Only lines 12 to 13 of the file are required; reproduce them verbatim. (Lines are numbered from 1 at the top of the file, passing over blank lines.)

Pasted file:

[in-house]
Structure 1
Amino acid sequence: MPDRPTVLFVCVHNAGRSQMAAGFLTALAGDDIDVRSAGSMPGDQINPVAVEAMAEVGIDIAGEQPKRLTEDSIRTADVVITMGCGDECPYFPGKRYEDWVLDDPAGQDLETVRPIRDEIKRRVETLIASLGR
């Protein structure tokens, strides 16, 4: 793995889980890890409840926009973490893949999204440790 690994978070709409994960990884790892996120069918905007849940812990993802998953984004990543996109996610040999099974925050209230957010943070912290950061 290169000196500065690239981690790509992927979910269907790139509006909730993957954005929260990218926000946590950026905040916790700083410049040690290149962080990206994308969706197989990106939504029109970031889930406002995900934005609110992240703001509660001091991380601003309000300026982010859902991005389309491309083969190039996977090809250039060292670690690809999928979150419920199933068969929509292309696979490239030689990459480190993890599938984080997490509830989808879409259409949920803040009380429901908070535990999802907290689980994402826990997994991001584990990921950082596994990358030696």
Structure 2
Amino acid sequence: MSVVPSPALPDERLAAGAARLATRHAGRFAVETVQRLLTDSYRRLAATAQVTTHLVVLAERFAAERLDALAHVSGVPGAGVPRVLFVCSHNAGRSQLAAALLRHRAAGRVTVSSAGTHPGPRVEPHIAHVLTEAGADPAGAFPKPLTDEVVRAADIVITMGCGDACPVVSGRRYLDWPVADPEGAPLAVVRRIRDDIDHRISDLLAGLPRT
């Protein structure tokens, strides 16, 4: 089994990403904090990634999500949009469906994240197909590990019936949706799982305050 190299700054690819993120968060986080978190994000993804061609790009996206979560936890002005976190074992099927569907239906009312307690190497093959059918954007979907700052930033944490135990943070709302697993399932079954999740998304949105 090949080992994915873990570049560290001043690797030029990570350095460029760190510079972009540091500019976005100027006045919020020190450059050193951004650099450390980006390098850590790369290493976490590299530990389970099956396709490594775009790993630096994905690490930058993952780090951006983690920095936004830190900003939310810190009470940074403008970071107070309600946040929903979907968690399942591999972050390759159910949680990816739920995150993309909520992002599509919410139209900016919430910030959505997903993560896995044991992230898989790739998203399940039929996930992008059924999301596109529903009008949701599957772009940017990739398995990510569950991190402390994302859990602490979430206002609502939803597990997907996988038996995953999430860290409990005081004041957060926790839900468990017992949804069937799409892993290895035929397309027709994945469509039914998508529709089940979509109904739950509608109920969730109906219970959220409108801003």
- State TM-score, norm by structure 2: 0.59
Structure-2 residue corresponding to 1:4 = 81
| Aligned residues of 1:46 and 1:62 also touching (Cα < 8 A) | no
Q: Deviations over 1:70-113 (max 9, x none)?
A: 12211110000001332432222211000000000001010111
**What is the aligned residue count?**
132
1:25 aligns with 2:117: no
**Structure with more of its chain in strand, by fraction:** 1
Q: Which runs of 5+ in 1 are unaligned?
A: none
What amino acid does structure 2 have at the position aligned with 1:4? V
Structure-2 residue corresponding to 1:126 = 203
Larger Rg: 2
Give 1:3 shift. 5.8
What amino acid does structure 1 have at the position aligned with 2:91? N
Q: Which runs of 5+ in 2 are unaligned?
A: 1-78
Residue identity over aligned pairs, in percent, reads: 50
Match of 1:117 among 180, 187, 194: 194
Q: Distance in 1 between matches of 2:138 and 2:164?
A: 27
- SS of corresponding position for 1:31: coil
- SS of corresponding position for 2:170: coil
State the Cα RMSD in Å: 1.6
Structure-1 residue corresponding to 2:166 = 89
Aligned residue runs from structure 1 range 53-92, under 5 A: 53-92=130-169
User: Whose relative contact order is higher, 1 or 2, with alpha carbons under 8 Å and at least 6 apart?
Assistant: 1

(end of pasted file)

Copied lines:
A: 12211110000001332432222211000000000001010111
**What is the aligned residue count?**